1st Edition

Close to the Sources Essays on Contemporary African Culture, Politics and Academy

By Abebe Zegeye, Maurice Vambe Copyright 2011

    European and African works have found it difficult to move past the image of Africa as a place of exotica and relentless brutality. This book explores the status and critical relationship between politics, culture, literary creativity, criticism, education and publishing in the context of promoting Africa’s indigenous knowledge, and seeks to recover some of the sites where Africans continue to elaborate conflicting politics of self-affirmations. It both acknowledges and steps outside the protocols of analysis informed by nationalism, differentiating the forms that postcolonial theories have taken, and arguing for a selective appropriation of theory that emerges from Africa’s lived experiences.

    1. Introduction: The Assault on African Cultures  2. Notes on Theorising Black Diaspora in Africa  3. On the Postcolony and the Vulgarisation of Political Criticism  4. Rethinking the Epistemic Conditions of Genocide in Africa  5. African Indigenous Knowledge Systems  6. Knowledge Production and Publishing in Africa  7. Amilcar Cabral: National Liberation as the Basis of Africa’s Renaissances  8. Amilcar Cabral and the Fortunes of African Literature  9. Perspectives on Africanising Educational Curricula in Africa  10. Voices from the Fringes: Some Reflections on Postcolonial South African Writings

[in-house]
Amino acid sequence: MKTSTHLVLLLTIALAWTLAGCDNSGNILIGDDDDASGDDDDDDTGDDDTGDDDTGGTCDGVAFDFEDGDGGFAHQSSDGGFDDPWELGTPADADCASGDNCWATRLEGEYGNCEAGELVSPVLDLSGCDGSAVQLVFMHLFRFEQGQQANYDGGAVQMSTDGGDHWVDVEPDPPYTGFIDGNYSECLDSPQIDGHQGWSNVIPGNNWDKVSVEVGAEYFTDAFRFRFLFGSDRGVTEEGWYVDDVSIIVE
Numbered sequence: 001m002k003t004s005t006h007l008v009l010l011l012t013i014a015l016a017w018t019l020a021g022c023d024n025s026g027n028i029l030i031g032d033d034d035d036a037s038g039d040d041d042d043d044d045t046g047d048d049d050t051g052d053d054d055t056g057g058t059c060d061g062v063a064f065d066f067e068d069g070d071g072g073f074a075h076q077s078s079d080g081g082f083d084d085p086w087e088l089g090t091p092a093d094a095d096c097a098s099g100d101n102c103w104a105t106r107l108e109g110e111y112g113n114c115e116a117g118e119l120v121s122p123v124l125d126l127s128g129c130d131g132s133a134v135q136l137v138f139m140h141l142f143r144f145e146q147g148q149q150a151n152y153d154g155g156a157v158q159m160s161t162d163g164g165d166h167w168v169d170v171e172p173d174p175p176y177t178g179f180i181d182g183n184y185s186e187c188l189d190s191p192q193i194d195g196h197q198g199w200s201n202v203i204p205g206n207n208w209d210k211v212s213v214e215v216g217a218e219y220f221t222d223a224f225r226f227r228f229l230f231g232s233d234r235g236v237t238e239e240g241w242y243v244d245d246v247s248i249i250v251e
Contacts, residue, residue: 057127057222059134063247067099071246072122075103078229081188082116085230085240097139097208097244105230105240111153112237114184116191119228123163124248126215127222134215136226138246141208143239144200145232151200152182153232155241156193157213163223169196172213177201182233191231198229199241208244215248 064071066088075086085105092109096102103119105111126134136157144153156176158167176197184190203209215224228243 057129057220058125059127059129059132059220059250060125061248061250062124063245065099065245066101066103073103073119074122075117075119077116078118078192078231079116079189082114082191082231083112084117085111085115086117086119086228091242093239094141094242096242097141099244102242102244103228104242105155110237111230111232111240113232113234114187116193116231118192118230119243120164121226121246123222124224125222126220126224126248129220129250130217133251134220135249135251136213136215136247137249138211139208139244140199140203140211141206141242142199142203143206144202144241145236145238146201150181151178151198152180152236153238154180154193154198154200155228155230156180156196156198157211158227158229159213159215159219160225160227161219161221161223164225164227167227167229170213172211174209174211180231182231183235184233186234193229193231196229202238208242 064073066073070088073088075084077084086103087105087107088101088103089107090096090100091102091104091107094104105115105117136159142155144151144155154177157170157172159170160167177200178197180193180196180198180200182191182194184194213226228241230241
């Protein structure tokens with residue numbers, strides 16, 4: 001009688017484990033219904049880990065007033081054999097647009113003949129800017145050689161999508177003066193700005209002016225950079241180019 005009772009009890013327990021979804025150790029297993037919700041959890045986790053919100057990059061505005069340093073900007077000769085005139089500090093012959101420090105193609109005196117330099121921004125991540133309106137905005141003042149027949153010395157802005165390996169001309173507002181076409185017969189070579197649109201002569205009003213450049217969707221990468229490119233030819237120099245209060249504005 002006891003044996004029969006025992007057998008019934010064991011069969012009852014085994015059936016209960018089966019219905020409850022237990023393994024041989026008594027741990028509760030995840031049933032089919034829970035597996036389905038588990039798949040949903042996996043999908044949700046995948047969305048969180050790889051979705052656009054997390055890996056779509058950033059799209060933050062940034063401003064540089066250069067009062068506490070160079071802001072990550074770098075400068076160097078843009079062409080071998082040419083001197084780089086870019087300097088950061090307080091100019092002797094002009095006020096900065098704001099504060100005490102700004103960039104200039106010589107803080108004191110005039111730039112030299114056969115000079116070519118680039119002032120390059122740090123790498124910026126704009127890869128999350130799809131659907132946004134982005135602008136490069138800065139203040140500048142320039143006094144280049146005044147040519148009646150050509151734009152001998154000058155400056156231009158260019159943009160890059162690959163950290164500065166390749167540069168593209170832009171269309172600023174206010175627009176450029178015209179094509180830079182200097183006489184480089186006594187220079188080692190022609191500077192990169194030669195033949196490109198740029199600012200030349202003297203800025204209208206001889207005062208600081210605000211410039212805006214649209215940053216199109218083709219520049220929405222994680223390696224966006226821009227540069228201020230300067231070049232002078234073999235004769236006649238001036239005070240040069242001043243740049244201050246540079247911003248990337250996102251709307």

Abebe Zegeye is Director of the Hawke Institute at the University of South Australia.

    Maurice Vambe is Professor in the Department of English Studies at University of South Africa.

    "Zegeye and Vambe define 'Africanization' in a wholly new fashion which foregrounds difference, complexity, and migration within Africa and thus dispenses with the failed imaginings of Europeans and cultural nationalists. Their specificity and attention to the politics of authenticity is grounded in a critique of both sub-altern and indigeneity paradigms in Africa and thereby casts light on unfamiliar sites of cultural resistance and subjectivity. By focusing on the expressive and literary arts, philosophy, education, publishing, party politics and other forms of governance as sites of catastrophe and as sites of potential and past fortune and opportunity, they provide a provocative and necessary riposte to the often tokenizing reception of African philosophy by attending to the charged history of consumption of African knowledge production."

    - Tiffany Willoughby-Herard, UC Irvine